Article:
In a request sent to the Health Department in August, Monroe County Health Commissioner Thomas Sharp said that hepatitis C cases in his county have risen by more than 50 percent in the past five years. A little less than 70 percent of new cases of hepatitis C seen at IU Health Bloomington Hospital are attributed to IV drug use, he wrote.
A decade ago, about 34,000 New Mexicans had hepatitis C, but fewer than 1,600 were receiving treatment. Why so few?
Two-thirds of New Mexicans live in rural areas but two-thirds of the state’s physicians are in urban areas, so taking advantage of new treatments required patients driving hundreds of miles for up to 18 sessions of treatment. That was impractical, and put treatment out of reach for most.
Enter Project ECHO (Extension for Community Healthcare Outcomes).
A new report on the high price of a breakthrough hepatitis C drug affirms what state health care officials have known for some time: That the regimen’s $84,000 price tag limited the number of patients who could access it, while straining the budgets of state Medicaid programs that had to pay for it.
What state officials don’t expect to see is relief from high drug prices in the near future.
According to a U.S. Senate report released this month, when Gilead Sciences introduced its innovative hepatitis C treatment, Sovaldi, two years ago, the company knowingly priced it above what many people could afford to pay.
The Turnbull government will spend more than $1 billion to make breakthrough hepatitis C cures available to all as part of an ambitious new plan to eradicate the deadly disease within a generation.
Health Minister Sussan Ley will announce the major new Pharmaceutical Benefits Scheme listing on Sunday, in a move that will give Australia’s 230,000 hepatitis C sufferers affordable access to the drugs.
The drugs can currently cost patients up to $100,000. Under the subsidy, they will be available for the normal PBS co-payment of $37.70 for general patients and $6.10 for concessional patients.
TORONTO, Dec. 17, 2015 – More than one in nine people with hepatitis C in Canada spend time in a correctional facility each year and researchers said this presents a unique opportunity to focus hepatitis C prevention and control efforts in incarcerated populations.
People who have spent time in correctional facilities have higher risk factors for hepatitis C, including injection drug use and needle sharing, both in custody and in the community, according to the paper published online today in the Canadian Journal of Public Health.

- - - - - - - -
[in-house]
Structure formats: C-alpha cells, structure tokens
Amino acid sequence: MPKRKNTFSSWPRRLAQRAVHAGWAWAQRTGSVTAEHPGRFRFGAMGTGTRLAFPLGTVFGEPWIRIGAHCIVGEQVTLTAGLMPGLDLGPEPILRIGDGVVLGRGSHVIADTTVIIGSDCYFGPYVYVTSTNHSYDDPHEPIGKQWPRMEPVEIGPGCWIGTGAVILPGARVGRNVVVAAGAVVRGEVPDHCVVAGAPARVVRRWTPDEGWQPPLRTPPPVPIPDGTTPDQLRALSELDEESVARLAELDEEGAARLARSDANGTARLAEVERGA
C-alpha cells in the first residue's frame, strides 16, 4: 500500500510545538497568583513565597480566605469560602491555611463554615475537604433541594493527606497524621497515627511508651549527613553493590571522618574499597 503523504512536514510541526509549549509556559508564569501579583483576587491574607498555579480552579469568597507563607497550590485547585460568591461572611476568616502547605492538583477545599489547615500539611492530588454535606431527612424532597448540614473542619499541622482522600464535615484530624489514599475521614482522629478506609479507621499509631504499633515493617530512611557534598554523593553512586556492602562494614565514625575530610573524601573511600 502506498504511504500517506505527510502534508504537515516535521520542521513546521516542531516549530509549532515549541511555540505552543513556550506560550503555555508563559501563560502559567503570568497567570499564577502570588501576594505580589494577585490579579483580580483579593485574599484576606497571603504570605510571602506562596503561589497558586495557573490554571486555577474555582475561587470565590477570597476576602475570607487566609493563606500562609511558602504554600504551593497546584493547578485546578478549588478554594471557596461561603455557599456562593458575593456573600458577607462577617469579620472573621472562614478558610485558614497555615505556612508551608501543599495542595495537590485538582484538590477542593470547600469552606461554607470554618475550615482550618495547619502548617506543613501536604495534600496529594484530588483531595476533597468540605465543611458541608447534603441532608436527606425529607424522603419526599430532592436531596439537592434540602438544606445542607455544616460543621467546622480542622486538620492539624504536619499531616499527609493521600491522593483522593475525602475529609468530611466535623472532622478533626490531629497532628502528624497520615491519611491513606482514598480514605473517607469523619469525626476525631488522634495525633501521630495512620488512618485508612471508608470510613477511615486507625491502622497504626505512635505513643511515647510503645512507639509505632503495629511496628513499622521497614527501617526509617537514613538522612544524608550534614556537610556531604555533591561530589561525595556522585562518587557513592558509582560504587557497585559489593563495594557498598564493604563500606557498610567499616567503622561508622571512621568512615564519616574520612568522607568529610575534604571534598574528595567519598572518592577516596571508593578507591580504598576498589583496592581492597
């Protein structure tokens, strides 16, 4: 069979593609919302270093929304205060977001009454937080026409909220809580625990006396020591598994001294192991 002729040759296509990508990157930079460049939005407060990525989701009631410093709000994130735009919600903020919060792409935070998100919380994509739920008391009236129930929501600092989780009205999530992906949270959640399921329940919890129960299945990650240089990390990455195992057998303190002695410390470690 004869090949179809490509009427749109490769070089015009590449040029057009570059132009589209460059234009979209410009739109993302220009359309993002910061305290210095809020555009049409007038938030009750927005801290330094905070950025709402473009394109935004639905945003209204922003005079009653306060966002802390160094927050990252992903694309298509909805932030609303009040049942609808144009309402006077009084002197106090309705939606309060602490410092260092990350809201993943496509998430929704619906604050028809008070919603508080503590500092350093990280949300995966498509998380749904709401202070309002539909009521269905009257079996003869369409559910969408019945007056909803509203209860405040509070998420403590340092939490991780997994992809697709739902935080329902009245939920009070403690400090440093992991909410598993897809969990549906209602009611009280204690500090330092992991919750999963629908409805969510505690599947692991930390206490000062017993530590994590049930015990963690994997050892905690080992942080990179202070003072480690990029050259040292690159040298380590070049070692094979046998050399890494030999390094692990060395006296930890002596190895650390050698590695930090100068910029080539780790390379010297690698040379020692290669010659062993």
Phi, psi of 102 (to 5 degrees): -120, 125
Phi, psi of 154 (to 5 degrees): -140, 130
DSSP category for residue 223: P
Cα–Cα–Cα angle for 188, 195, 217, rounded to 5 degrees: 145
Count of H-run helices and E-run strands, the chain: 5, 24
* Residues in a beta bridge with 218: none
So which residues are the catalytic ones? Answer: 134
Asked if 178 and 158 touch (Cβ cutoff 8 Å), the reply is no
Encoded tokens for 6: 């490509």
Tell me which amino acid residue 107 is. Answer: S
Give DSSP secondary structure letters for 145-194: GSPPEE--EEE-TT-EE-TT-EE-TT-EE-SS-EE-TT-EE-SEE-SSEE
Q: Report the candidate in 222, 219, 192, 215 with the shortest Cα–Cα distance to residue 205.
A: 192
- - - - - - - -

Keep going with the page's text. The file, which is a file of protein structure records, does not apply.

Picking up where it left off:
“Incarcerated individuals are more likely to be infected with hepatitis C and more likely to continue the transmission cycle because of their involvement in risky behaviours such as sharing needles,” said Dr. Fiona Kouyoumdjian, a post-doctoral fellow with the Centre for Research on Inner City Health of St. Michael’s Hospital. “Time in custody is a unique opportunity for health-care workers to offer prevention activities to people who may otherwise be difficult to reach.”
The U.S. Food and Drug Administration (or FDA) has scheduled the Prescription Drug User Fee Act (or PDUFA) date for Merck’s (MRK) hepatitis C (or HCV) combination therapy, grazoprevir/elbasvir (100mg/50mg), for January 28, 2016. The therapy is being tested for HCV patients belonging to genotype one, four, and six including difficult-to-treat patients such as those who have failed to respond to previous therapy, those with liver cirrhosis, those suffering from HIV and HCV co-infection, and those with chronic kidney diseases. The PDUFA date is a deadline by which the FDA announces its decision for new drugs.
The FDA may announce its decision before this date. However, the majority of new drugs are approved or rejected on the scheduled PDUFA date. The FDA’s decision is important for Merck investors, as it determines the future profitability of the company.
HCV market opportunity The above diagram shows that there are about 4 million people suffering from HCV in the US, of which 79% suffer from genotype 1 HCV. Additionally, 2.6 million people in the big five countries in Europe and 1.1 million people in Japan suffer from HCV. The prevalence of the disease is substantially higher in emerging economies with 70.8 million HCV patients in Asia, 5.4 million patients in Latin America, and 6.7 million patients in other European countries. This underlines the scale of opportunity available for HCV players such as Merck (MRK), Gilead Sciences (GILD), AbbVie (ABBV), and Bristol-Myers Squibb (BMY).